Factory jobs are returning to the United States. So far it is only a trickle but the point is that the trend has begun to reverse and that’s good for America.
The number of manufacturing jobs in this country has been growing over the last two years. Factories have added 300,000 jobs since 2009. In the first month of this year alone manufacturers have added 50,000 jobs, which was the biggest monthly increase in a year. Those numbers are positive and a good start but let's keep the gains in perspective.
Despite this recent progress, it still leaves us with 5.5 million fewer factory jobs than in July 2002 and 12 million less than we had in 1990. I don't believe we will ever recapture the number of manufacturing jobs the U.S. enjoyed back in the glory days of the 1950s. Remember that back in the day (right after WWII), America was practically the only nation left standing. As such, we had little in the way of competition and accounted for 40 percent or more of the world’s manufactured goods.
Over the next several decades, as both Europe and Asia rebuilt its export capacity, the U.S. experienced a dramatic loss of market share in everything from electronics to autos. Plants closed, jobs were lost and the country went through a wrenching reallocation of resources. But by the late 1990s, America had reinvented itself and emerged as the leader worldwide in high-value industries such as pharmaceuticals, software, aerospace and other sectors.
The emergence of China, India and other emerging markets as low-cost producers of everything from toys to tin cans at the turn of this century triggered an exodus of American jobs as multinationals rushed to establish a foothold in these markets. However, that wave is receding as a combination of economic forces erodes these countries cost advantages. Ten years ago, a factory worker in China made 58 cents an hour. Today, wages are over $3 and are expected to double in the next three years. In India, although a worker may make only half what his American counterpart is making, if you factor in other costs such as productivity, transportation, rising real estate prices, duties and supply chain risks, it now makes more sense to make some goods here.
In addition, the global manufacturing process is increasingly focused on the production of high-value products and as such, labor costs are becoming less of an issue. For example, although labor is becoming more expensive in China, multinationals know that simply shipping the production of those goods to cheaper labor markets such as Vietnam, Indonesia and Mexico is not a viable alternative. These nations lack the infrastructure, skilled labor force, domestic supply networks and ability to produce on a large scale that is necessary to capture those sorts of manufacturing opportunities.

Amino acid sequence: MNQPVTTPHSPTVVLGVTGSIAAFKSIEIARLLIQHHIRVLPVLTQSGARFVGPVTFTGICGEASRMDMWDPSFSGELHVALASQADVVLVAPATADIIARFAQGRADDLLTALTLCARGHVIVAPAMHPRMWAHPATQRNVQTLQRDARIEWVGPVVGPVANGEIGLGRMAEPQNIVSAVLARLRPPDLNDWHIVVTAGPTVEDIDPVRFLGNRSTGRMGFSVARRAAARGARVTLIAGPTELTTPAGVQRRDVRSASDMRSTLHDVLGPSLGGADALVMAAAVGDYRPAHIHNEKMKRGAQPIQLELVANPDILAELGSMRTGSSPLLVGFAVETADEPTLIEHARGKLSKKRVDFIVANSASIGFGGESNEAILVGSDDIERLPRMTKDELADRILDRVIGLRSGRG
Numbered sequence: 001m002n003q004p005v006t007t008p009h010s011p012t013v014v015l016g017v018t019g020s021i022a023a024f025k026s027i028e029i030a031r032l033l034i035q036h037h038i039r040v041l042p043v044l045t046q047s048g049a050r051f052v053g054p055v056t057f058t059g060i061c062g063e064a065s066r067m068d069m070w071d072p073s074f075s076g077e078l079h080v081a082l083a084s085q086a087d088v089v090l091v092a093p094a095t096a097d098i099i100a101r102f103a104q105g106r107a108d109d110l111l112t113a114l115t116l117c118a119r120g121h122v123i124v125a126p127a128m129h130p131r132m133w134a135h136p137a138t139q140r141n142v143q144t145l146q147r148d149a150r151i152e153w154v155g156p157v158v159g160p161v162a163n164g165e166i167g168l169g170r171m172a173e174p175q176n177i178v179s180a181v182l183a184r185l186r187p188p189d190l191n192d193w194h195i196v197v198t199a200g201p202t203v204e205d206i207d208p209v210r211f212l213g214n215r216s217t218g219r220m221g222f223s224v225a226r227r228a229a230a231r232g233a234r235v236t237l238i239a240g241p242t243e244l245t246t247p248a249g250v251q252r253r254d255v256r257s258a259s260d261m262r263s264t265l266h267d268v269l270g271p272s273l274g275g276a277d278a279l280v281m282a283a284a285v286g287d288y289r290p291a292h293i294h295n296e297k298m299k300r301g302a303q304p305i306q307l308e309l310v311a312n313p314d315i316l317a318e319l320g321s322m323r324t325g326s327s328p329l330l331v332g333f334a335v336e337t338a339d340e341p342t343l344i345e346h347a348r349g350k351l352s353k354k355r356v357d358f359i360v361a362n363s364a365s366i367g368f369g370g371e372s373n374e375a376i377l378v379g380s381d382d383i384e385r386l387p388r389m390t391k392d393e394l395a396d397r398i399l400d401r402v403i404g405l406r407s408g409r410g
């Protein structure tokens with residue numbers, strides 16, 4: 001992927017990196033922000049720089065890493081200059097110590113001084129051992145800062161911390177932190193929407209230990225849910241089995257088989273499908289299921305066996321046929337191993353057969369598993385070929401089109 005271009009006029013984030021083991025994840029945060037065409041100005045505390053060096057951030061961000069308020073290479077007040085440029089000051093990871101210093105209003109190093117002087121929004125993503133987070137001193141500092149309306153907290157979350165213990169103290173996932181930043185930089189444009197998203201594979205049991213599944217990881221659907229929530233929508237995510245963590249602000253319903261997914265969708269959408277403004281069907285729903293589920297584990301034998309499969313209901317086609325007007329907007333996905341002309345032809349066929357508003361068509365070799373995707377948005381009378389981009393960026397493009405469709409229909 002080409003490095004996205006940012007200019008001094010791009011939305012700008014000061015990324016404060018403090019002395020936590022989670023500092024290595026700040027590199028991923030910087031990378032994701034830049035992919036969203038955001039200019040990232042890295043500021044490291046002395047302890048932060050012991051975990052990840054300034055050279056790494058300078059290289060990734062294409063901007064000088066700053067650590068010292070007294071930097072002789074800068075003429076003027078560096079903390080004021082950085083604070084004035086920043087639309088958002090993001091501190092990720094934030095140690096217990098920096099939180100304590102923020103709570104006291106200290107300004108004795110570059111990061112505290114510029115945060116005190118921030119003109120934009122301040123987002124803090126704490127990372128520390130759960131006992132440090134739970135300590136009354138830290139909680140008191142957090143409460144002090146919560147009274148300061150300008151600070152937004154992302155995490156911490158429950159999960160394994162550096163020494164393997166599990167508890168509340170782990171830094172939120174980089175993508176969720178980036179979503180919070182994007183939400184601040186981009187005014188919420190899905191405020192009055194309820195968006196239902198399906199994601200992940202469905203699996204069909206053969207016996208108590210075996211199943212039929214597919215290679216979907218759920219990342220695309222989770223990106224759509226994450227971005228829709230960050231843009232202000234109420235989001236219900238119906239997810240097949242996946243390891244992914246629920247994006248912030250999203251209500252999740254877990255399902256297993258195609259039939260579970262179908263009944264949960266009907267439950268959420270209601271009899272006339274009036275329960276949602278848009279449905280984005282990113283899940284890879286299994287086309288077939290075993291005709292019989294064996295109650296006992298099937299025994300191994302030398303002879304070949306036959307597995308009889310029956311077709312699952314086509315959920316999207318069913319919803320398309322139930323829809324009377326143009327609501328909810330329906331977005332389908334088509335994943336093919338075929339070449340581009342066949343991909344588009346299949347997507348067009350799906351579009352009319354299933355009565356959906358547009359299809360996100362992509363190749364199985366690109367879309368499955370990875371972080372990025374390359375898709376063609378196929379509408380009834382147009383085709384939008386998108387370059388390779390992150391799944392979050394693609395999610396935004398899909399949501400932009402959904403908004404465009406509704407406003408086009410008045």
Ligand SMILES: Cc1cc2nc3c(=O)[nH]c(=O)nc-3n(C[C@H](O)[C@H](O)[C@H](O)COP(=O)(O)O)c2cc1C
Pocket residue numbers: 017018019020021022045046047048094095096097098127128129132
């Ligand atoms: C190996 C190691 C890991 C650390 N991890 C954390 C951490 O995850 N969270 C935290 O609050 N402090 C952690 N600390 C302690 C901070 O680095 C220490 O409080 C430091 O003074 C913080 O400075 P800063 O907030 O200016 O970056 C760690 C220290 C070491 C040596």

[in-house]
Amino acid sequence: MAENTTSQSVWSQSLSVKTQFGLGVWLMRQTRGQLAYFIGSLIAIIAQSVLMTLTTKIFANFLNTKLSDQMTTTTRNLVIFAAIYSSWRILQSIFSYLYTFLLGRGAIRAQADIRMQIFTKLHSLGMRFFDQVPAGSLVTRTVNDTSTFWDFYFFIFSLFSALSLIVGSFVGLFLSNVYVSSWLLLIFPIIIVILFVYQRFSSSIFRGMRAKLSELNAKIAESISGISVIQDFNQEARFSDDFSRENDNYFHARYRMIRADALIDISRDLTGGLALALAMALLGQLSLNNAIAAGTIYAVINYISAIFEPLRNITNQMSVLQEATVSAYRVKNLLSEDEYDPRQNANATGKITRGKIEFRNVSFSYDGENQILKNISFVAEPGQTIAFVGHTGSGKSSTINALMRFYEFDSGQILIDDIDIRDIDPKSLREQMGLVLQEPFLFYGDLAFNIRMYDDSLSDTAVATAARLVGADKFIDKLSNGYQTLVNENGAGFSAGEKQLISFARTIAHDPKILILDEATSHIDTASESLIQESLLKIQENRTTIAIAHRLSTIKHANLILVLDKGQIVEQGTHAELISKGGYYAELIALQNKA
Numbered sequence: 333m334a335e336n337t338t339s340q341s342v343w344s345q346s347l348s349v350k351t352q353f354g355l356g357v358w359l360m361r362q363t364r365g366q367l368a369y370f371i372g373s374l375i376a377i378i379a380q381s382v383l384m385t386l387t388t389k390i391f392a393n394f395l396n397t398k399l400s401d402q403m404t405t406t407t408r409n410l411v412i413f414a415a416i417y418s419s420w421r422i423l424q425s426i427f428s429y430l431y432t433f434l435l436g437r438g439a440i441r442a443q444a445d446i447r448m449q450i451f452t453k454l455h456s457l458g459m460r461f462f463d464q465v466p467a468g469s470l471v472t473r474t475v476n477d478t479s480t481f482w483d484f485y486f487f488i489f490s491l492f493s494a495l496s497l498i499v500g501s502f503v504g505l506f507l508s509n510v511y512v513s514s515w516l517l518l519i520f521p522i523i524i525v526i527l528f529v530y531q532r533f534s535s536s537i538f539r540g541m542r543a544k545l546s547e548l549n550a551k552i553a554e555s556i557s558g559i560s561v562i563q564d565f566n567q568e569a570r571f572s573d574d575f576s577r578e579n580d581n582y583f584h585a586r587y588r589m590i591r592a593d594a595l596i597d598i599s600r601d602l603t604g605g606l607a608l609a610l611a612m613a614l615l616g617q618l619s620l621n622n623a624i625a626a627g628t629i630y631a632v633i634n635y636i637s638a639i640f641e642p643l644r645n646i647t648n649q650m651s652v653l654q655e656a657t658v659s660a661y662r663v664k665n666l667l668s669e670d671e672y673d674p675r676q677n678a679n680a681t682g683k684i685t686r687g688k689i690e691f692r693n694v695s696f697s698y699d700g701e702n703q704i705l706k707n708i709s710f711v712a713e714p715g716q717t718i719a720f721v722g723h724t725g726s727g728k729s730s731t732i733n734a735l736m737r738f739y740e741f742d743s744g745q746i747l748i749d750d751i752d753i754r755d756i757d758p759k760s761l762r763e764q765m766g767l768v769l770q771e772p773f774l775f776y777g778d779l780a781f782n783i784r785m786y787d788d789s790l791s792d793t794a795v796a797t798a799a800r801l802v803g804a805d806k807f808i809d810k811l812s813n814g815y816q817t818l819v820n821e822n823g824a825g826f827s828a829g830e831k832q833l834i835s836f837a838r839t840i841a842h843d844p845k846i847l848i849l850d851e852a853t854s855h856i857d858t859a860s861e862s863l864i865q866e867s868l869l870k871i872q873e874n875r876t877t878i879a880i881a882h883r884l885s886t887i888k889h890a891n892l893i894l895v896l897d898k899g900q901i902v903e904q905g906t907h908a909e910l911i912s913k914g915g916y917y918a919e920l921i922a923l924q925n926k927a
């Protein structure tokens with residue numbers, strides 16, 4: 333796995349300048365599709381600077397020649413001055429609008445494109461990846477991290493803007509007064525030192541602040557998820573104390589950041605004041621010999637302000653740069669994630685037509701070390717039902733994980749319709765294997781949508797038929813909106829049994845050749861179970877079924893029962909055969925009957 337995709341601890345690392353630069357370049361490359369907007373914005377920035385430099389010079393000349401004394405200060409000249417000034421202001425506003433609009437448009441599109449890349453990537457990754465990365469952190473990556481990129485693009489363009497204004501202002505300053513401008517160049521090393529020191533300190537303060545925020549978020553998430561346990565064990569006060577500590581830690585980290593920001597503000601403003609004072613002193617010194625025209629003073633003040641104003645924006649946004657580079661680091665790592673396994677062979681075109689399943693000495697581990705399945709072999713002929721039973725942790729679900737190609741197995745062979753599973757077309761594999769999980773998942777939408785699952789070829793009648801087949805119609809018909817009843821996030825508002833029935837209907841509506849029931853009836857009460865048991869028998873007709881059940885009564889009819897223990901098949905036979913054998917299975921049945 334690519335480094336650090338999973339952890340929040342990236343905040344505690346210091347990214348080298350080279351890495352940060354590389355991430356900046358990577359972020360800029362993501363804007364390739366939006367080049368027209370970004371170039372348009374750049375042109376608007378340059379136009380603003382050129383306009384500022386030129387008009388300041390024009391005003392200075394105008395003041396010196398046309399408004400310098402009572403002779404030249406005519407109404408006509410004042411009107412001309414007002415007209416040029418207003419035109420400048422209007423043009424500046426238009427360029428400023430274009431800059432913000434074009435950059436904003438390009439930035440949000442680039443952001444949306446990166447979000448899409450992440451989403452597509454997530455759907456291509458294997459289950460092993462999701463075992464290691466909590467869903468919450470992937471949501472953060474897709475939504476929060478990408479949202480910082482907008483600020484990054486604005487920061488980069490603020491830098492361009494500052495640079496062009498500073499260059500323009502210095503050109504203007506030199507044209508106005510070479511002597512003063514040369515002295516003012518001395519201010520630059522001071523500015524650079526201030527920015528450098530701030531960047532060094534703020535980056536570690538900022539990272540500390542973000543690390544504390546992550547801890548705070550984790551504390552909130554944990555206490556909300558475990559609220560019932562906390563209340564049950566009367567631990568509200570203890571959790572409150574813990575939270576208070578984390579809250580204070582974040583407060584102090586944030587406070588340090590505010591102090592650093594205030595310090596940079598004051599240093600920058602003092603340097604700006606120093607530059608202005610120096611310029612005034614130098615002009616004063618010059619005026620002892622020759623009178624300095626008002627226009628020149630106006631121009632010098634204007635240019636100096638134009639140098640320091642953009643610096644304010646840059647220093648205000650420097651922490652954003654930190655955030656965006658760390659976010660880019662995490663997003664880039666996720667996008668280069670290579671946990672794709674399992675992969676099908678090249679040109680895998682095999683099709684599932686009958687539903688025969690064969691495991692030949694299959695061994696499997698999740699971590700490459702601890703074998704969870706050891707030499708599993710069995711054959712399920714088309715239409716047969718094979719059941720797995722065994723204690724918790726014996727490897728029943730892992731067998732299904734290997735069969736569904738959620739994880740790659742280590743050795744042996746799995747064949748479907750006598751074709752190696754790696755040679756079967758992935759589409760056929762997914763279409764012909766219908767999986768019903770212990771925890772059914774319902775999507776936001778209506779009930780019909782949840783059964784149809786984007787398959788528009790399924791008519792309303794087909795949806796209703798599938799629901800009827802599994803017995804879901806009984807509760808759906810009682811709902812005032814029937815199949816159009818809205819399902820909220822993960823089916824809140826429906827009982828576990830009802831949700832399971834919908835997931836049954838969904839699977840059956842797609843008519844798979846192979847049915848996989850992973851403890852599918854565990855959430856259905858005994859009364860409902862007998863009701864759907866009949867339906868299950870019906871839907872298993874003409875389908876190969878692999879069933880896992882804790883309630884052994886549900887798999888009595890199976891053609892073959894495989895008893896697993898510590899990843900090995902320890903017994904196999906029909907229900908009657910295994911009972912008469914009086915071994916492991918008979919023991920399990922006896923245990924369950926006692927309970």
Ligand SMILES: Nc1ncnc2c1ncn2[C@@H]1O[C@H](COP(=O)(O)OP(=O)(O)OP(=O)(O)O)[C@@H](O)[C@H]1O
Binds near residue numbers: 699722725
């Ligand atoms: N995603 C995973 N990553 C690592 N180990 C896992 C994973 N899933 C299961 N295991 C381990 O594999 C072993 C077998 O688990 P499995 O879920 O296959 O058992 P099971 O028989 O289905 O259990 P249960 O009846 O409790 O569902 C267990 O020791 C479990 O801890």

One example of that close to home is a friend’s experience in Vietnam. Several years ago she had attempted to set up a small factory to manufacture and export high quality hand bags from Vietnam. She found that even the most skilled and experienced Vietnamese textile factories were incapable of making a consistent quality product on time. Imagine the problems a Wal-Mart would have in the same area.
"Over the next five years the total cost of production for many products will only be about 10-15 percent less in Chinese coastal cities than in some parts of the U.S.," predicts a Boston Consulting Group study done in August of last year. At the same time, China and India are focused on increasing domestic consumption of goods and services as opposed to simply exporting as much as they can.
More and more of our multinationals are planning on supplying this huge consumer market with the products it now produces in-country for export. Under those circumstances, it makes economic sense to bring some of their production output back home in order to satisfy U.S. demand.
In the meantime, our work force has become lean and mean. America is now considered a "lower-cost" country by many foreign multinationals that are willing to build plants and equipment here. They realize that U.S. workers have had no wage inflation for years and are far more productive and flexible than other competing work forces worldwide.
If the dollar weakens over the coming years, there could come a day when appliances, televisions, computer equipment, furniture, machinery and plastics could once again be produced in this country. Who would have thought?
Bill Schmick is an independent investor with Berkshire Money Management. (See "About" for more information.) None of the information presented in any of these articles is intended to be and should not be construed as an endorsement of BMM or a solicitation to become a client of BMM. The reader should not assume that any strategies, or specific investments discussed are employed, bought, sold or held by BMM. Direct your inquiries to Bill at (toll free) or e-mail him at firstname.lastname@example.org . Visit www.afewdollarsmore.com for more of Bill's insights.
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Bill Schmick is registered as an investment advisor representative and portfolio manager with Berkshire Money Management (BMM), managing over $200 million for investors in the Berkshires. Bill’s forecasts and opinions are purely his own and do not necessarily represent the views of BMM. None of his commentary is or should be considered investment advice. Anyone seeking individualized investment advice should contact a qualified investment adviser. None of the information presented in this article is intended to be and should not be construed as an endorsement of BMM or a solicitation to become a client of BMM. The reader should not assume that any strategies, or specific investments discussed are employed, bought, sold or held by BMM. Direct your inquiries to Bill at 1-888-232-6072 (toll free) or email him at Bill@afewdollarsmore.com Visit www.afewdollarsmore.com for more of Bill’s insights.